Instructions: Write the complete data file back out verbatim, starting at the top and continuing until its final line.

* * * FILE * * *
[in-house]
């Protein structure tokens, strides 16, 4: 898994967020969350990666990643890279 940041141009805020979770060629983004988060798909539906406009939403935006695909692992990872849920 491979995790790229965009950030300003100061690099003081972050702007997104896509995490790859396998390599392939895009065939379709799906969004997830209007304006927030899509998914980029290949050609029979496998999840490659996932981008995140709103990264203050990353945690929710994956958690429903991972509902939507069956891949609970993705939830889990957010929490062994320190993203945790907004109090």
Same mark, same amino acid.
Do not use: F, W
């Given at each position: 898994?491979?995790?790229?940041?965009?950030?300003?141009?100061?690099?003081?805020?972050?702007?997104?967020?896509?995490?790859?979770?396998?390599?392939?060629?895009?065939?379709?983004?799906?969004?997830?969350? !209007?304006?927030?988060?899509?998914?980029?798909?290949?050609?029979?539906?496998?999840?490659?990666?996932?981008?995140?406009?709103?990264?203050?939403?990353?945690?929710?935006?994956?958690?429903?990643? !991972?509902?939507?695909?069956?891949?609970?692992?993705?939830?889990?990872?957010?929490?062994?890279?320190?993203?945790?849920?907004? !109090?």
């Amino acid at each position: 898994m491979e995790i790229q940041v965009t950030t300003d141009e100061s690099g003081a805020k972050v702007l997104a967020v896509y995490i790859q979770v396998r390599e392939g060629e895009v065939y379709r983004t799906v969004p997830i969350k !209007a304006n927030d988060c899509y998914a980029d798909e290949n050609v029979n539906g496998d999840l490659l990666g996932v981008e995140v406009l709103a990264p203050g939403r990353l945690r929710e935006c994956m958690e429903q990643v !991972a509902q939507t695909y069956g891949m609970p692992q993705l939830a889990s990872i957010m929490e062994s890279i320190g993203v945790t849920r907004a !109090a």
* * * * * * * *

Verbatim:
[in-house]
């Protein structure tokens, strides 16, 4: 898994967020969350990666990643890279 940041141009805020979770060629983004988060798909539906406009939403935006695909692992990872849920 491979995790790229965009950030300003100061690099003081972050702007997104896509995490790859396998390599392939895009065939379709799906969004997830209007304006927030899509998914980029290949050609029979496998999840490659996932981008995140709103990264203050990353945690929710994956958690429903991972509902939507069956891949609970993705939830889990957010929490062994320190993203945790907004109090």
Same mark, same amino acid.
Do not use: F, W
């Given at each position: 898994?491979?995790?790229?940041?965009?950030?300003?141009?100061?690099?003081?805020?972050?702007?997104?967020?896509?995490?790859?979770?396998?390599?392939?060629?895009?065939?379709?983004?799906?969004?997830?969350? !209007?304006?927030?988060?899509?998914?980029?798909?290949?050609?029979?539906?496998?999840?490659?990666?996932?981008?995140?406009?709103?990264?203050?939403?990353?945690?929710?935006?994956?958690?429903?990643? !991972?509902?939507?695909?069956?891949?609970?692992?993705?939830?889990?990872?957010?929490?062994?890279?320190?993203?945790?849920?907004? !109090?």
């Amino acid at each position: 898994m491979e995790i790229q940041v965009t950030t300003d141009e100061s690099g003081a805020k972050v702007l997104a967020v896509y995490i790859q979770v396998r390599e392939g060629e895009v065939y379709r983004t799906v969004p997830i969350k !209007a304006n927030d988060c899509y998914a980029d798909e290949n050609v029979n539906g496998d999840l490659l990666g996932v981008e995140v406009l709103a990264p203050g939403r990353l945690r929710e935006c994956m958690e429903q990643v !991972a509902q939507t695909y069956g891949m609970p692992q993705l939830a889990s990872i957010m929490e062994s890279i320190g993203v945790t849920r907004a !109090a």